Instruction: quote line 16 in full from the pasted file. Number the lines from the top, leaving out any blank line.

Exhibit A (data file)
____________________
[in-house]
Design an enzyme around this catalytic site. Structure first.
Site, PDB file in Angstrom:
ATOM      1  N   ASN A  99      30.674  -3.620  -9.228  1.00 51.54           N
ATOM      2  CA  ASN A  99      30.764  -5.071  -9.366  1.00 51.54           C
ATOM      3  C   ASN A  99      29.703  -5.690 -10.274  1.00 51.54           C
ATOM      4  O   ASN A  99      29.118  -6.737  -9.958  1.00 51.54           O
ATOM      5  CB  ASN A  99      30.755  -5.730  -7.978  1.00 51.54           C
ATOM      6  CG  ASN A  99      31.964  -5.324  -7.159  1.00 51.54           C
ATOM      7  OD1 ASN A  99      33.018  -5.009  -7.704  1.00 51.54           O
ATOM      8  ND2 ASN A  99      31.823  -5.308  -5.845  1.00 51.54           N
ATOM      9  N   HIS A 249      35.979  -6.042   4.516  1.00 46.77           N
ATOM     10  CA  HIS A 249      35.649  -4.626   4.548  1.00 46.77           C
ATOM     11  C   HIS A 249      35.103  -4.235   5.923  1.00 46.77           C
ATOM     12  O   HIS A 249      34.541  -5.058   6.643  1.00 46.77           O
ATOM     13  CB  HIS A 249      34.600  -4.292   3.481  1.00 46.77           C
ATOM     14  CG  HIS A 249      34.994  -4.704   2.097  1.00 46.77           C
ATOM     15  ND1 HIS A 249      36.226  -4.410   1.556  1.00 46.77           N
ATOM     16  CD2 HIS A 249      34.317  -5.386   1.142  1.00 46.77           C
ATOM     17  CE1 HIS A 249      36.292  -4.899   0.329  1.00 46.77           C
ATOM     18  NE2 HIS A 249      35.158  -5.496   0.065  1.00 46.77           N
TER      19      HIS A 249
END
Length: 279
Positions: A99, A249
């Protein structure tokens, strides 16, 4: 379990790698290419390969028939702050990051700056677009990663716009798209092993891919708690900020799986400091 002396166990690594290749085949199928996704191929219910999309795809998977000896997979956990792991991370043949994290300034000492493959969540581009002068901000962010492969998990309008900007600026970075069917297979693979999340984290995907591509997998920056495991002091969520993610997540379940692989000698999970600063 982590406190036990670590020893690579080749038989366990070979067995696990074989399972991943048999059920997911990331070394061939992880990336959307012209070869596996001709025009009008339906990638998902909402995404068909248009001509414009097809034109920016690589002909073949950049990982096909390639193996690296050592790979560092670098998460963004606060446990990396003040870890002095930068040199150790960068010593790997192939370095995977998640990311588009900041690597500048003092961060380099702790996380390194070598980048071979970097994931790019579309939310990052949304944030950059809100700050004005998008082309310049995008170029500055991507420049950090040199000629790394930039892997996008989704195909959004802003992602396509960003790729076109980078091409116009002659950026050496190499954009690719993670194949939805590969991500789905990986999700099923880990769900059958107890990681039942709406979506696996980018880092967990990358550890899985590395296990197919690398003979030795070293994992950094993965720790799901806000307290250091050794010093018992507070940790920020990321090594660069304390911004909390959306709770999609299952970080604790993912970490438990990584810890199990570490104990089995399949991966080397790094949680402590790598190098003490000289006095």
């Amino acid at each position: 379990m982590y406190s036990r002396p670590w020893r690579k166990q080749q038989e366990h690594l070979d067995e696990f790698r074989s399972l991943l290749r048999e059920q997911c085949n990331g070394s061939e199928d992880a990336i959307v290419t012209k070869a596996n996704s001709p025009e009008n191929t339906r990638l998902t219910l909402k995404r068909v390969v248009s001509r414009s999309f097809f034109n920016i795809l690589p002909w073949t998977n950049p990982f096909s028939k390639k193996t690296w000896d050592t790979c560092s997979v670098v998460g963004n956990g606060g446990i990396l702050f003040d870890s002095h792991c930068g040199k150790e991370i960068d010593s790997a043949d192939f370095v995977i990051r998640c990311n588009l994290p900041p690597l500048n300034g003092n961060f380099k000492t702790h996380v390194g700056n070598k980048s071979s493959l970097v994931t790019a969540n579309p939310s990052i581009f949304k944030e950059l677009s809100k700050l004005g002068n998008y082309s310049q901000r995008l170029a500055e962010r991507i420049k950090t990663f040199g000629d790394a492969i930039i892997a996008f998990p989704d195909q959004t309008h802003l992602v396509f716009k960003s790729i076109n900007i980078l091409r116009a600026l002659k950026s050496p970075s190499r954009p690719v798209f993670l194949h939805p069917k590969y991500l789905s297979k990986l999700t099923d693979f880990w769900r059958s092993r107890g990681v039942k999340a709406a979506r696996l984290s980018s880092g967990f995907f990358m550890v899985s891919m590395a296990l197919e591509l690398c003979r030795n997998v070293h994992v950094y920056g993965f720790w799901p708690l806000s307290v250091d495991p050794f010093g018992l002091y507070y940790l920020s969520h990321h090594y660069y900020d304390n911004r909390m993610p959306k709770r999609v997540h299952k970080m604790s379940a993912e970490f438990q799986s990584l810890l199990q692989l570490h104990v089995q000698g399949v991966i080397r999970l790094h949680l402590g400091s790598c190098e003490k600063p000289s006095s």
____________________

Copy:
ATOM     13  CB  HIS A 249      34.600  -4.292   3.481  1.00 46.77           C